Re: das Man--Husserl/authenticity



On Tue, 6 Jun 1995, Chris Hargens wrote:

> On 6/6/95 Christopher Rickey wrote:
>
> >Good, now my problem. If das Man is really a category and contains all
> >of the possibilities of the set of public life, it also designates a
> >particular subset of these possibilities, mainly the covered over,
> >average ones. Heidegger opposes the interpretations of death and
> >history, for example, offered by das Man to his own (I would presume
> >these would be the authentic ones); if there is a difference between
> >interpretations (possibilities) given by das Man, and those given in an
> >authentic disclosure, I can't see how these second possibilities can be
> >part of the first set. In short, he would be using the same term for
> >both the full set and a subset of this set, a confusion that, in my
> >honest opinion, would go beyond terminological confusion and into
> >conceptual confusion.
>
> It seems to me that one could argue that the difference is not "between
> interpretations (possibilities) given by das Man, and those given in an
> authentic disclosure" but, rather, between inauthentic (or
> undifferentiated) and authentic self-understandingings in terms of the SAME
> interpretations (possibilities). On this view, when these interpretations
> (possibilities) are taken up inauthentically (or undifferentiatedly) they
> are levelled, averaged-out, covered-up, etc.. When they are taken up
> authentically, however, they are encountered, if you will, in their
> original lived form. Although he wasn't addressing this issue, I think Phil
> Mill's posting of 6/1/95 sheds some light here:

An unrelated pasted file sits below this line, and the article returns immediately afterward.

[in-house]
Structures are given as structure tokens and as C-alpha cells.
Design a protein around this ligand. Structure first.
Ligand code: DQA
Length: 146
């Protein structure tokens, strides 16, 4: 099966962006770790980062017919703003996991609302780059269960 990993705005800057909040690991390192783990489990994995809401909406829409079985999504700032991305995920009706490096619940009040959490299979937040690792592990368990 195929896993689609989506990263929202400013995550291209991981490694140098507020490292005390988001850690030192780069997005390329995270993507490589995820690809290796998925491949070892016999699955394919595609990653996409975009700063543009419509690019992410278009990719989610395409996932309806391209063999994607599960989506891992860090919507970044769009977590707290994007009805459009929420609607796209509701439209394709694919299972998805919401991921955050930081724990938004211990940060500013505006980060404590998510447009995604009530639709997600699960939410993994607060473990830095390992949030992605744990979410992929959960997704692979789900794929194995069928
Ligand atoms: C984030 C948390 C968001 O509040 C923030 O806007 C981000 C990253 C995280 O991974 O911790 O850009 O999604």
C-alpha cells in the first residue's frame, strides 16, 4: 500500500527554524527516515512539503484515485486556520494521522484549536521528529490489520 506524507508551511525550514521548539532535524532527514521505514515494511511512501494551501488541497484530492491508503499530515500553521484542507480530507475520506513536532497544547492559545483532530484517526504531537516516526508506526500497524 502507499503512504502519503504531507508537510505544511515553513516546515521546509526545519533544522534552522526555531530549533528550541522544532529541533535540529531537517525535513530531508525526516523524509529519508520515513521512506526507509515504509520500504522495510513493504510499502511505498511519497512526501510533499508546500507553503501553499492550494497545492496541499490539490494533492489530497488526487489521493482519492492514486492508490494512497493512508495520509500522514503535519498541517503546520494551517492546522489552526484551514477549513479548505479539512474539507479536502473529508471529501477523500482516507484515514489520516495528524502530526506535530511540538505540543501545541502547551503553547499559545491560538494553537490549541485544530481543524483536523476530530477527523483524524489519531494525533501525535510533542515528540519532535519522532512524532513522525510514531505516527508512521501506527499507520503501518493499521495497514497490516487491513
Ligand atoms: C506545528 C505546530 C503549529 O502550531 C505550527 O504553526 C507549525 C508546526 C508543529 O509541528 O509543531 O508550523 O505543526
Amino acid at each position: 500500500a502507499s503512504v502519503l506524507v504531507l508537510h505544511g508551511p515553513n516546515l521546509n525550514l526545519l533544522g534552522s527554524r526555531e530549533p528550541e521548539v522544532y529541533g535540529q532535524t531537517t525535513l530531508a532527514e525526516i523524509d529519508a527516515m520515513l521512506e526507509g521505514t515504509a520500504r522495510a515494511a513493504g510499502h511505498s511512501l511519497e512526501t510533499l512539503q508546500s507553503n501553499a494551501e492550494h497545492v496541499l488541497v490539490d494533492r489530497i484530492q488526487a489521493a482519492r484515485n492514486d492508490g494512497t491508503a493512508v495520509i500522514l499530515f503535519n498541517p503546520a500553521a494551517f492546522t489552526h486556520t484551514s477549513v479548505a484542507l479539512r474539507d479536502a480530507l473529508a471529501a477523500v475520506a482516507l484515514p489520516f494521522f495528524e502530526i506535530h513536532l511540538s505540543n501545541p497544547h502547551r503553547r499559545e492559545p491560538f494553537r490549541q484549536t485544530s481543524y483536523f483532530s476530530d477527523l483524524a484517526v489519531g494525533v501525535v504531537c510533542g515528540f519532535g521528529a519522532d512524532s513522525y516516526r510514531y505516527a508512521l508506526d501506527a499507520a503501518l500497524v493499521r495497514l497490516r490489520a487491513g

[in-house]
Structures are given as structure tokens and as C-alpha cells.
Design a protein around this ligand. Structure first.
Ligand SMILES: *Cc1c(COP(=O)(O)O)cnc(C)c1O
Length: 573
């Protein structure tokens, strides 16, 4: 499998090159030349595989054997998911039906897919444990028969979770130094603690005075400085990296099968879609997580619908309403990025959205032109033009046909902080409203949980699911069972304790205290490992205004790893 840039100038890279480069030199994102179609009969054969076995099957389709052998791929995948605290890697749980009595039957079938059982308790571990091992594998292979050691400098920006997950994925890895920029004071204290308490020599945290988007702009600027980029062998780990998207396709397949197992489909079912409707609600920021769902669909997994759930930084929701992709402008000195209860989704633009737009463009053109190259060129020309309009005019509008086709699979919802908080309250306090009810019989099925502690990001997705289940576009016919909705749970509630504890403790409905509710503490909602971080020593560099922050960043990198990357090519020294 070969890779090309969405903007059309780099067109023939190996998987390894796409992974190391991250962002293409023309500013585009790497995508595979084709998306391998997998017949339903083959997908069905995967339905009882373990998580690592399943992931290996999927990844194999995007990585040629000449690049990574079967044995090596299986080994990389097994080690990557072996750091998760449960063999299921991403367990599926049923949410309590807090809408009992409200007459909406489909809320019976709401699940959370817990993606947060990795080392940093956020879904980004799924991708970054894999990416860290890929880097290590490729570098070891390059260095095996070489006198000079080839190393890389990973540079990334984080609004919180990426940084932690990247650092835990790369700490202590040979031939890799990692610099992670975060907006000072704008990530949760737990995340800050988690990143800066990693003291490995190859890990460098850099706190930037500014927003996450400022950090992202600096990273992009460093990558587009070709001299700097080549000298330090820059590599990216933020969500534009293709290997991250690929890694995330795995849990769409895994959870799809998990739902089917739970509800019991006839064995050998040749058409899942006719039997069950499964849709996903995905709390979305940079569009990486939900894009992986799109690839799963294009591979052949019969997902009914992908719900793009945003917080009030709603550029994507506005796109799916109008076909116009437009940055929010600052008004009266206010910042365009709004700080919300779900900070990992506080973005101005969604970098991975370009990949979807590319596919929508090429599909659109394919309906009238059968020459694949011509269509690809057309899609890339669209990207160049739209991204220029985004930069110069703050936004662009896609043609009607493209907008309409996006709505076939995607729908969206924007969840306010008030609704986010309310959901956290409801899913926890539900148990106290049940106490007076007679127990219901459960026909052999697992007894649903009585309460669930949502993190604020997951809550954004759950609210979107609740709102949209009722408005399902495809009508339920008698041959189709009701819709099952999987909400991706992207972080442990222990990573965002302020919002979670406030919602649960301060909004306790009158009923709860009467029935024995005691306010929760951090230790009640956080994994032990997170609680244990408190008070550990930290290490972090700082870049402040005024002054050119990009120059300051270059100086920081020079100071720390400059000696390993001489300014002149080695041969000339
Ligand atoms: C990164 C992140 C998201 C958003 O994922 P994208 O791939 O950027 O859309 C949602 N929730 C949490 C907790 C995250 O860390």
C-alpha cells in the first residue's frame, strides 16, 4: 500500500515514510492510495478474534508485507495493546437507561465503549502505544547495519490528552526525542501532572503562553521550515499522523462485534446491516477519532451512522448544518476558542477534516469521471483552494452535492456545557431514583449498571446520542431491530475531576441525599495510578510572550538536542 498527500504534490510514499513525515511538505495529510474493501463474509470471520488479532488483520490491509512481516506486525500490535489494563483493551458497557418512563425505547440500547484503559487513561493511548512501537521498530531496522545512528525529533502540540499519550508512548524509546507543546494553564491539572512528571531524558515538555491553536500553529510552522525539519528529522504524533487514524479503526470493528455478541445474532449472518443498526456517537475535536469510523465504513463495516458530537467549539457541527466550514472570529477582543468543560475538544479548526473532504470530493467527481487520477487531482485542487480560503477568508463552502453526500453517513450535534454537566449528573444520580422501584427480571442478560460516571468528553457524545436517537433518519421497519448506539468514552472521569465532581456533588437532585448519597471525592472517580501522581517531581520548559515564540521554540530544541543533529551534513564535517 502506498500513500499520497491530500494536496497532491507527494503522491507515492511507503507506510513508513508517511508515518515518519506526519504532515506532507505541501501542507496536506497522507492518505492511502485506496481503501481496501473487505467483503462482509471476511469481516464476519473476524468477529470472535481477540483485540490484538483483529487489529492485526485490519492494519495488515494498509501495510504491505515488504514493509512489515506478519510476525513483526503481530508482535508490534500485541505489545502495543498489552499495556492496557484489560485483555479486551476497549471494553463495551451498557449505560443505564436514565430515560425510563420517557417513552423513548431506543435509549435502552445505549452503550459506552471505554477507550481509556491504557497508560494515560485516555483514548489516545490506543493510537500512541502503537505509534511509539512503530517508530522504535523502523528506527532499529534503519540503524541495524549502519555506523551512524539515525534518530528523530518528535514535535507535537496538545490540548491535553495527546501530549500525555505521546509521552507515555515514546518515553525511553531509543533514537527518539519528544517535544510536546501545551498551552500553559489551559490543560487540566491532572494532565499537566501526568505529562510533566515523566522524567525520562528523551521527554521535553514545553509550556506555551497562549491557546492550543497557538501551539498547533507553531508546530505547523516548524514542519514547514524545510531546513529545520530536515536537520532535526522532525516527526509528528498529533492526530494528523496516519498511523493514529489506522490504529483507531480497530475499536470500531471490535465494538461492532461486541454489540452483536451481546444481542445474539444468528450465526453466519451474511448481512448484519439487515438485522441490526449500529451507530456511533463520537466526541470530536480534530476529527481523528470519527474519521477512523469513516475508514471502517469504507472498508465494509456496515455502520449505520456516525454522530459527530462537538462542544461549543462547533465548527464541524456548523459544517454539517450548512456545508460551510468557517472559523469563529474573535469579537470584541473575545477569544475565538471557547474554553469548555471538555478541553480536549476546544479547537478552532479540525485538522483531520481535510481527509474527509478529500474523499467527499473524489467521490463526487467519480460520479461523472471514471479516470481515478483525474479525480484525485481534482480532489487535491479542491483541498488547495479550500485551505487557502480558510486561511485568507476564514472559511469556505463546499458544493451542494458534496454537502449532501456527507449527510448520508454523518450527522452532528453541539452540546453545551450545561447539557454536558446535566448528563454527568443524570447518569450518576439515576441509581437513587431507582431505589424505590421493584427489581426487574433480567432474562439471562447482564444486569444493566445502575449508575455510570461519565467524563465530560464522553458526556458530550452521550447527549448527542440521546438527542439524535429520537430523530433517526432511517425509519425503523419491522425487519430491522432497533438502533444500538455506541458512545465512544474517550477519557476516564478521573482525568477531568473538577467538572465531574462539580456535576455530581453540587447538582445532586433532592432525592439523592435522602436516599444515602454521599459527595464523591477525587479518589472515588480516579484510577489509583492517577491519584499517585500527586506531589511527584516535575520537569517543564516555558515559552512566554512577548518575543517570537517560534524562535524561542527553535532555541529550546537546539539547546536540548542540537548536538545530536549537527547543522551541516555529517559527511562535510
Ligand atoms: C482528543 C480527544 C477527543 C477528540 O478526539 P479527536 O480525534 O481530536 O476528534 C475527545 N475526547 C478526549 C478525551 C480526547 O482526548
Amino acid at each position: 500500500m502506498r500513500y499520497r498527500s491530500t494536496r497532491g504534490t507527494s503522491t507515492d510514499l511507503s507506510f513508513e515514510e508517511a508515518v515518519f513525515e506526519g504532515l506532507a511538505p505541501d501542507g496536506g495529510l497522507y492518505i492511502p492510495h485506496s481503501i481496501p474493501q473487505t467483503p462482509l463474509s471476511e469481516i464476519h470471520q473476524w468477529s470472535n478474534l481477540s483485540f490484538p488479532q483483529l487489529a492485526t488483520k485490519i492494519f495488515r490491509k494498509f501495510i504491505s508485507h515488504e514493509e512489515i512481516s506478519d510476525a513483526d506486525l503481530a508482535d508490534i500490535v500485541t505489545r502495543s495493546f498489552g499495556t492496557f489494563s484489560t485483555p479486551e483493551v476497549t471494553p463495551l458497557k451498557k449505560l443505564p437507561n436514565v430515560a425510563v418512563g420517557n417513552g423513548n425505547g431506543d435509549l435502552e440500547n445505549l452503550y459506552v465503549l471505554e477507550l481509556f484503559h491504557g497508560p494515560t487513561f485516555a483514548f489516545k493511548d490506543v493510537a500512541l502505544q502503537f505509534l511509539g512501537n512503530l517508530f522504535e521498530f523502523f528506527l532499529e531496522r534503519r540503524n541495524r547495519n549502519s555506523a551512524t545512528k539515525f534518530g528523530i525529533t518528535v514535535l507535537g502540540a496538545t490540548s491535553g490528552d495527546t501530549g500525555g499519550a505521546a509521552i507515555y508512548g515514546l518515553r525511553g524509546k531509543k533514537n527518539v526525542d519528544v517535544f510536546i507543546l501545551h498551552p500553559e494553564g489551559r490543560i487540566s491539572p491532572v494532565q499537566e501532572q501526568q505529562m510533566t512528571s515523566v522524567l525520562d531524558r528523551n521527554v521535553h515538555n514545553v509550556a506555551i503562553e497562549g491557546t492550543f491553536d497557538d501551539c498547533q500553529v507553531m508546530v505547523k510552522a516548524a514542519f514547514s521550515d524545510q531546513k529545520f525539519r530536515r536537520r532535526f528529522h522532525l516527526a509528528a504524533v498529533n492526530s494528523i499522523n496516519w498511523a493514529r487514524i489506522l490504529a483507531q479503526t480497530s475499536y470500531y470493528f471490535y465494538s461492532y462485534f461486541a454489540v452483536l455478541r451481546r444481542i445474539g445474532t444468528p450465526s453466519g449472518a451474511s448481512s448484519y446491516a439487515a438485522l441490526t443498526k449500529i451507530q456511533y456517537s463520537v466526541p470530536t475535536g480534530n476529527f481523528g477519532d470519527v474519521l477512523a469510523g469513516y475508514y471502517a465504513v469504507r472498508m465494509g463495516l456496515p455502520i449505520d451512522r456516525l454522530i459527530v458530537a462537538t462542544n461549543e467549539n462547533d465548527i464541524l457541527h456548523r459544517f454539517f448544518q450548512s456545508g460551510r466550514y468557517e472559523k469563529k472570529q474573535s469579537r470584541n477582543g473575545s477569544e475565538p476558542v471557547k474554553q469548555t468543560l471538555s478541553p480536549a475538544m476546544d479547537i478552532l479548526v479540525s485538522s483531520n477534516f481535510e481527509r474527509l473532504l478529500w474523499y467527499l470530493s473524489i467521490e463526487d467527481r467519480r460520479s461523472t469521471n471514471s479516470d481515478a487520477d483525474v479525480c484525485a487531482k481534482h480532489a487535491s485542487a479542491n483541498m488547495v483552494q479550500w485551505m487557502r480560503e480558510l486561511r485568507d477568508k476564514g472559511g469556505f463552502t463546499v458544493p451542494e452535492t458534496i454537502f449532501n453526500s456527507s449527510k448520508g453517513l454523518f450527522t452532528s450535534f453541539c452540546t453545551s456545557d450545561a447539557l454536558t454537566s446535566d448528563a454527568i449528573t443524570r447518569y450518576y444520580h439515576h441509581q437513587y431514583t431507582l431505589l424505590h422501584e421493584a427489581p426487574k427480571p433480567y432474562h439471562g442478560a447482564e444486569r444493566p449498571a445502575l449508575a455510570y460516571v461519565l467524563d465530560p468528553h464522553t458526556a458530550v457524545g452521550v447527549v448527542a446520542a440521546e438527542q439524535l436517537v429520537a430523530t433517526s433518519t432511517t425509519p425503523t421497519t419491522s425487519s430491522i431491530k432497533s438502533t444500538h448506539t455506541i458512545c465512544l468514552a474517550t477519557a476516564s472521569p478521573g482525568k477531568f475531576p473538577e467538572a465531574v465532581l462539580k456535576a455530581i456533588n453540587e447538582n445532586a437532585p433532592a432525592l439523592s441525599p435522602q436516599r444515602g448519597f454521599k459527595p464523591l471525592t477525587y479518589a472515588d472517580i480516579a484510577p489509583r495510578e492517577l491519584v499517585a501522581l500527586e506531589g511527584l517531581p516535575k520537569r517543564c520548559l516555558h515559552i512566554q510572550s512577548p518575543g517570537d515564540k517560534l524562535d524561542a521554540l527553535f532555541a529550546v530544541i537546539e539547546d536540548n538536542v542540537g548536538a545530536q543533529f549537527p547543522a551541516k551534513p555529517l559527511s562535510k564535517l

This still doesn't address my problem. For one thing, I'm not
differentiating between understanding and interpretation. I'm not sure
if Heidegger does either. For another, and somewhat more seriously, my
objection is that one cannot take up an inauthentic interpretation
without changing it into something else. Death is my example. Das Man
interprets death in a calming way. Heidegger calls that inauthentic. He
contrasts that to his own authentic interpretation of death. It is not
calming. My point is that different interpretations of death yield two
different possibilities of living which are exclusive. One cannot
appropriate (Aneignen) das Man's intepretation and get to the other
possibility, because to appropriate das Man's interpretation would be to
live according to it, which is to say, inauthentically.
>
> Oh, yes. Two questions.
>
> To Christopher Rickey:
> You write "that the operative opposition is not between public and
> private, but between two types of publicness." What are these "two types of
> publicness"? Are you referring to your earlier distinction--"community
> versus society"?

Yes. I can sharpen the distinction. Society=bourgois society and
community=non-bourgoise society.



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